At around 13,300 feet, the grassy slope ends and the rocky summit tower begins. Much of the mountain at this point is a steep jumble of boulders. By veering to the climber’s right, you can take an easier Class 3 scramble to the top. Going straight up the tower is slightly more exposed and steeper, but still Class 3. Ascend the remaining 200+ feet to the summit. Be sure to test your handholds and footholds, and know that if you choose a line further to the climber’s left you will encounter higher exposure and looser rock.

Aspens turning, cottonball clouds and brilliant blue skies along the Matterhorn Creek Trail. This is the Colorado high country in the fall.

Bob Doucette

On Twitter @RMHigh7088

No mountaineering experience? Apparently no problem on Everest

Lookey! Visual proof that I’m overqualified for Mount Everest!

I come to you slightly annoyed.

I think it’s easy for those of us who are into the culture of the outdoors to get too bent out of shape over some of the stories that are big topics among our own.

This time of year, it’s Mount Everest. May is the time of year most climbers who scale the peak make their bids. The common complaints about Himalayan mountaineering often wear thin after awhile.

But not this spring.

The world’s highest peak, like all peaks in the Himalayas, is quite dangerous. There’s no guarantee you’ll summit. You’ll spend a lot of time and money trying. And there’s a chance you might not survive it.

One would think that given the risk involved — even when doing a totally supported, guided climb — there would be some standards as to who is allowed to try.

Well, there’s not. There are no legal requirements, other than age. So guide services set up their own standards. And while some require climbers to produce a climbing resume of big mountains and proficiency in basic mountaineering skills, others do not.

As in, no skills at all, according to a recent Outside Online post. Here’s a quote:

Back in 1996, when the Everest disaster that led to Jon Krakauer’s bestseller Into Thin Air occurred, there were only a handful of outfitters here. Now there are closer to a dozen, and the clients are paying anywhere from $25,000 to go with a local outfitter, to $80,000 to go with the most reputable Western outfitters. Back in 1996, a big deal was made of climbers who supposedly didn’t have much experience because they’d only climbed a few peaks around the world. But now you literally have people showing up at Base Camp who have never strapped on crampons before, have never climbed any mountain, who are trying this. So the level of experience has fallen off dramatically, while at the same time the number of people has increased just as dramatically.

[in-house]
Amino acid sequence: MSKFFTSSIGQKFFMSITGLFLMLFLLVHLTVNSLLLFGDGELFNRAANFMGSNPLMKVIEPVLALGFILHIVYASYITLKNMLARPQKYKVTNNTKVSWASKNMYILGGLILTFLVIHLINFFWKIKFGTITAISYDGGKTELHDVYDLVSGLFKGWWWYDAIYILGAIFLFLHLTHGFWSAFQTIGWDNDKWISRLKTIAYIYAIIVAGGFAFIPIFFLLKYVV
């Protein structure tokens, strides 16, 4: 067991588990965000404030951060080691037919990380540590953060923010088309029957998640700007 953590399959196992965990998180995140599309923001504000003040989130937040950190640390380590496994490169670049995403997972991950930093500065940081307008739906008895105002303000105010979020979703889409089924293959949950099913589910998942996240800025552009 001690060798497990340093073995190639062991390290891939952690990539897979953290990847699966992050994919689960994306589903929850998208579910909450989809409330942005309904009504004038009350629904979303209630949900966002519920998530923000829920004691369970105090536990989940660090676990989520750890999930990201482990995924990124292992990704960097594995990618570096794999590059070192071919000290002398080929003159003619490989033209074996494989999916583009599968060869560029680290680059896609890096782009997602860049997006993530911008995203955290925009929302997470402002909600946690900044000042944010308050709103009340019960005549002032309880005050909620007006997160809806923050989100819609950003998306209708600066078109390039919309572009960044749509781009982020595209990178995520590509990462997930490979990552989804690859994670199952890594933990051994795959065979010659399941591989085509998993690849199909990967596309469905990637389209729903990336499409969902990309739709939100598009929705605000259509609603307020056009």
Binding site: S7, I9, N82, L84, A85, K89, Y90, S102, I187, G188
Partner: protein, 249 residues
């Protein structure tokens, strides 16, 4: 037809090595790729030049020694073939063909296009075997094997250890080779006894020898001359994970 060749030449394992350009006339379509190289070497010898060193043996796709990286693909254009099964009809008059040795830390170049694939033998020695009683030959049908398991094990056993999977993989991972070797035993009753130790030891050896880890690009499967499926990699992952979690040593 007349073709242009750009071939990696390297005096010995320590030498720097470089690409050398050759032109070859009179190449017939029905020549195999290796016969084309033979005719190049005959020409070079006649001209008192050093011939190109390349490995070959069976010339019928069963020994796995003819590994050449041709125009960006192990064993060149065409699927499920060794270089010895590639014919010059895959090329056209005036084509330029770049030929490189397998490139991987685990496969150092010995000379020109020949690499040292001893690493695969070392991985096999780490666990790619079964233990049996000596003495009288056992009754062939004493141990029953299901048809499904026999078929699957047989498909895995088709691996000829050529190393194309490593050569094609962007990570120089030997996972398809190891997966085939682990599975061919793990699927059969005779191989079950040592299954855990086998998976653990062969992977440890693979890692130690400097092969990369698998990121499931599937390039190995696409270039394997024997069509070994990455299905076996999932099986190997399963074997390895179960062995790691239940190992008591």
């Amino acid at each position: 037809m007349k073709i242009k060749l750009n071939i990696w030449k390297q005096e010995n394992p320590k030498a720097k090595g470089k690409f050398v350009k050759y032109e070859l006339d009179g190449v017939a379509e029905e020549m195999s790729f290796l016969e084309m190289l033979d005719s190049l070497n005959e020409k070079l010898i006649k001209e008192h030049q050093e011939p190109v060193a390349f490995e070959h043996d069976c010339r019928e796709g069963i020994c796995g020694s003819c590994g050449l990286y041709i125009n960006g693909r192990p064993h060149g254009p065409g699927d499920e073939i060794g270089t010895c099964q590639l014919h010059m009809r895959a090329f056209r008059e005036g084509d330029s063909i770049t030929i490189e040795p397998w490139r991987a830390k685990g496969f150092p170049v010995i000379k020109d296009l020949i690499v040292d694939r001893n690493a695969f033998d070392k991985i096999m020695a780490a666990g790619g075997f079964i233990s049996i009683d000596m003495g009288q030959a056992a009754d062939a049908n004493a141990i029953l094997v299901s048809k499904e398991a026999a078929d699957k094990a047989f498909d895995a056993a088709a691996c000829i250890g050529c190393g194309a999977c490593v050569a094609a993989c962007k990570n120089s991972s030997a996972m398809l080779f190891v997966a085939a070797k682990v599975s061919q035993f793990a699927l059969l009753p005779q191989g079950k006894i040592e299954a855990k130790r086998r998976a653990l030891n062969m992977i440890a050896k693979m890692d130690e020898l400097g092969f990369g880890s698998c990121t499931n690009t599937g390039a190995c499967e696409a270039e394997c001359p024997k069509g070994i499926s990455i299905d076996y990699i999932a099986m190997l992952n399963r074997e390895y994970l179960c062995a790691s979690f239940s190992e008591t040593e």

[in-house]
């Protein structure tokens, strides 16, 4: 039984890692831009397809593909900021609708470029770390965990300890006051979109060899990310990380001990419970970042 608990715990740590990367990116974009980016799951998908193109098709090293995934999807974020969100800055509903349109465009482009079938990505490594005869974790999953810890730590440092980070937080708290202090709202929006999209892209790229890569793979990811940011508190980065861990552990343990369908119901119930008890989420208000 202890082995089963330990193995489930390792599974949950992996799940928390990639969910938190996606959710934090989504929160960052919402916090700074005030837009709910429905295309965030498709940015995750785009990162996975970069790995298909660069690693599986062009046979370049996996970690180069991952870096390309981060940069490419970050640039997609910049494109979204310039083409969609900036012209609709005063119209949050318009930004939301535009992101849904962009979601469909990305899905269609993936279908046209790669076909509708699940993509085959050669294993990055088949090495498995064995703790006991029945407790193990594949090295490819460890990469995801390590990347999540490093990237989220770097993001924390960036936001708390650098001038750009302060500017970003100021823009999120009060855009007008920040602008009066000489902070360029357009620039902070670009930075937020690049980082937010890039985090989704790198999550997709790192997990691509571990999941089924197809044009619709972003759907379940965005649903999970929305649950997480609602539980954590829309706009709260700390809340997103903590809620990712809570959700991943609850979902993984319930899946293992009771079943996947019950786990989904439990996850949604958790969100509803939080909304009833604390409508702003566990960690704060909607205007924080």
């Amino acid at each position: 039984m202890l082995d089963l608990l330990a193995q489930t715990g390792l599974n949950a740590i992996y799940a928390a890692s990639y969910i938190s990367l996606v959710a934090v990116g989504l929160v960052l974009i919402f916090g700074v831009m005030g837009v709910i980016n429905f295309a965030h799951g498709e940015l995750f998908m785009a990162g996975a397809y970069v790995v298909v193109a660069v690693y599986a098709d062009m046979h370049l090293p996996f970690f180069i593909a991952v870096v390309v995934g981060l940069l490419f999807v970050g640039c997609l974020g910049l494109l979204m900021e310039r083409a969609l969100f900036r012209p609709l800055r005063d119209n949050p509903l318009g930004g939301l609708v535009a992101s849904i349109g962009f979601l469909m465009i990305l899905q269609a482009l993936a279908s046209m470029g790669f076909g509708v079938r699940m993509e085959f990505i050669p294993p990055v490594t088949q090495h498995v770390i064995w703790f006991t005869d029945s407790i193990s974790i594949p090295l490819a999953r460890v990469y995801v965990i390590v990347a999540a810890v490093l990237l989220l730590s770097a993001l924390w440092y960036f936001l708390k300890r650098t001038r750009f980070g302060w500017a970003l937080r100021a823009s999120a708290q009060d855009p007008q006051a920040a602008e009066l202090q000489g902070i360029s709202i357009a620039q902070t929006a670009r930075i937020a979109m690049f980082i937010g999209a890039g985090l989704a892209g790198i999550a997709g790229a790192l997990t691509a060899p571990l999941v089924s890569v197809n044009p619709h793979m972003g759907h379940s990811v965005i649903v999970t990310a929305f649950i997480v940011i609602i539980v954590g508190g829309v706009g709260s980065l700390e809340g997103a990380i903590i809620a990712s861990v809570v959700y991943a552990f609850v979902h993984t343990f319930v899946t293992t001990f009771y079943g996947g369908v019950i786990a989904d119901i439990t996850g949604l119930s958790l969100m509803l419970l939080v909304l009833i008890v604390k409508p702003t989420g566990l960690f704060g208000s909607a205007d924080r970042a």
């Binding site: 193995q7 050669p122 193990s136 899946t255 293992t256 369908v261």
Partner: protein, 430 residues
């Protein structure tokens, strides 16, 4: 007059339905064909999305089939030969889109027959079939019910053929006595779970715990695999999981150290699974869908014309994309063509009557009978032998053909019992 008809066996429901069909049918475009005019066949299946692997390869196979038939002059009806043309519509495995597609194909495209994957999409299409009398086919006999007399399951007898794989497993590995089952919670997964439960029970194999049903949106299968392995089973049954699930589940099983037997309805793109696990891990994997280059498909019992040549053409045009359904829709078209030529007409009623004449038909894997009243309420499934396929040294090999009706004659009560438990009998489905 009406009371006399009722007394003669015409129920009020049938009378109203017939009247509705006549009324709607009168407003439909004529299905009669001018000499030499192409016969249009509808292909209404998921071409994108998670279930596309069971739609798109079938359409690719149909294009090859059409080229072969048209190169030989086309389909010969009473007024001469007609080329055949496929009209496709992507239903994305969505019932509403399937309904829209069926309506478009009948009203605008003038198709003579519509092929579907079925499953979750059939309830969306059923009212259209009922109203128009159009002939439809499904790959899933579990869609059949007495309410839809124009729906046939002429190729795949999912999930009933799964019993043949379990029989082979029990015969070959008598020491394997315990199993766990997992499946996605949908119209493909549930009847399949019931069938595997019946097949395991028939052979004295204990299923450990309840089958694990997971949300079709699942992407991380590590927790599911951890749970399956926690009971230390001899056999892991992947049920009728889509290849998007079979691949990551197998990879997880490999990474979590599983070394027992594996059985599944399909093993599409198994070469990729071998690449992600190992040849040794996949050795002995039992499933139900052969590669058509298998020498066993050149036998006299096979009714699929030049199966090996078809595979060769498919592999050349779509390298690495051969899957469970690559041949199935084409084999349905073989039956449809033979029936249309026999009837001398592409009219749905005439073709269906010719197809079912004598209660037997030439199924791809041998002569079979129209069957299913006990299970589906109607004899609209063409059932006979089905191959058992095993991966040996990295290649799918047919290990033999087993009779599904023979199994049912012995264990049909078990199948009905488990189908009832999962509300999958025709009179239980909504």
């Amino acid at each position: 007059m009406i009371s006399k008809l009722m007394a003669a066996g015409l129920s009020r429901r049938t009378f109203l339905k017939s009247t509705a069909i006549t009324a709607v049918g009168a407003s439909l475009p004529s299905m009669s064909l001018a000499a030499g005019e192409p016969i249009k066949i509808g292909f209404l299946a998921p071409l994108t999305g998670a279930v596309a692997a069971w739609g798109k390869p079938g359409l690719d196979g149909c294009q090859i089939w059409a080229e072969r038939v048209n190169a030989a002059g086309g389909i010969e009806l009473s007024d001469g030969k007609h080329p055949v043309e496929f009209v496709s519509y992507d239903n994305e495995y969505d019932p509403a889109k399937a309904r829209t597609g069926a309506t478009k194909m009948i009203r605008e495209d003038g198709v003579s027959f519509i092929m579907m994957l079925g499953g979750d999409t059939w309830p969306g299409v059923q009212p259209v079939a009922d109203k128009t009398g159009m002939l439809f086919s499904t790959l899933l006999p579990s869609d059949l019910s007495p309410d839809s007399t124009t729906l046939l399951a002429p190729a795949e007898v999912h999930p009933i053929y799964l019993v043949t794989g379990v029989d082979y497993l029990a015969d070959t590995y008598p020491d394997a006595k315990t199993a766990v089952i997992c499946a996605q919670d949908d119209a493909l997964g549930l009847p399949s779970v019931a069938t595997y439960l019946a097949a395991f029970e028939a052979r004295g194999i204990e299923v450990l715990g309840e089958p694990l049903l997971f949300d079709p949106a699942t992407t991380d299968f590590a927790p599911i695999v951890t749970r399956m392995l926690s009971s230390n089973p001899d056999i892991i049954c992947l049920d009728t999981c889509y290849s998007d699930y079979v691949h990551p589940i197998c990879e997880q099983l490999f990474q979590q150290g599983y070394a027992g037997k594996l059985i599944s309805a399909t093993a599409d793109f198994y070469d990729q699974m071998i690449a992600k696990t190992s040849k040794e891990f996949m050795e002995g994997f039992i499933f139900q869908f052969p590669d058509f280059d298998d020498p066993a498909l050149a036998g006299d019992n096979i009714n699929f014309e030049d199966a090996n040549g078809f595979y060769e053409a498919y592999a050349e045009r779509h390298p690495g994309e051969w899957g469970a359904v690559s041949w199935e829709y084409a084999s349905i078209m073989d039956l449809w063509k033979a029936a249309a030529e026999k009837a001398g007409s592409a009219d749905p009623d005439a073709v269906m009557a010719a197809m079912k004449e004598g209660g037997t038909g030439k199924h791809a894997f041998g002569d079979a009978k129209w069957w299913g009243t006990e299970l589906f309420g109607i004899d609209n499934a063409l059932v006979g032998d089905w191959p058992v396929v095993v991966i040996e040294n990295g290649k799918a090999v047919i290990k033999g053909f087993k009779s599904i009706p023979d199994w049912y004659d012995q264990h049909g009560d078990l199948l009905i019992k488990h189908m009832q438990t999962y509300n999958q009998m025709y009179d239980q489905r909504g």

Did you catch that? No experience required with some outfits. Mountaineering proficiency has dropped while the number of climbers has increased, creating traffic jams at chokepoints that left 300 people waiting to summit last weekend. That deadly combination is believed to have killed four people.

I guess it’s not all bad news. I’ve strapped on crampons before. Even used an ice axe. And I run a little, so I’m in decent shape.

Maybe I’m a cinch to get on one of these summit teams after all.

Anyone want to sponsor me? Summit or bust.

Bob Doucette

On Twitter @RMHigh7088

Twin Rock Mountain, photographically revisited

A few weeks back, I posted a trip report about a day trip me and a good friend of mine made to southwestern Oklahoma’s Wichita Mountains to knock off Twin Rock Mountain and Granite Mountain. I loaded that report up with photos I took with an iPhone3S, meaning that there were limitations as to how good those pics would be.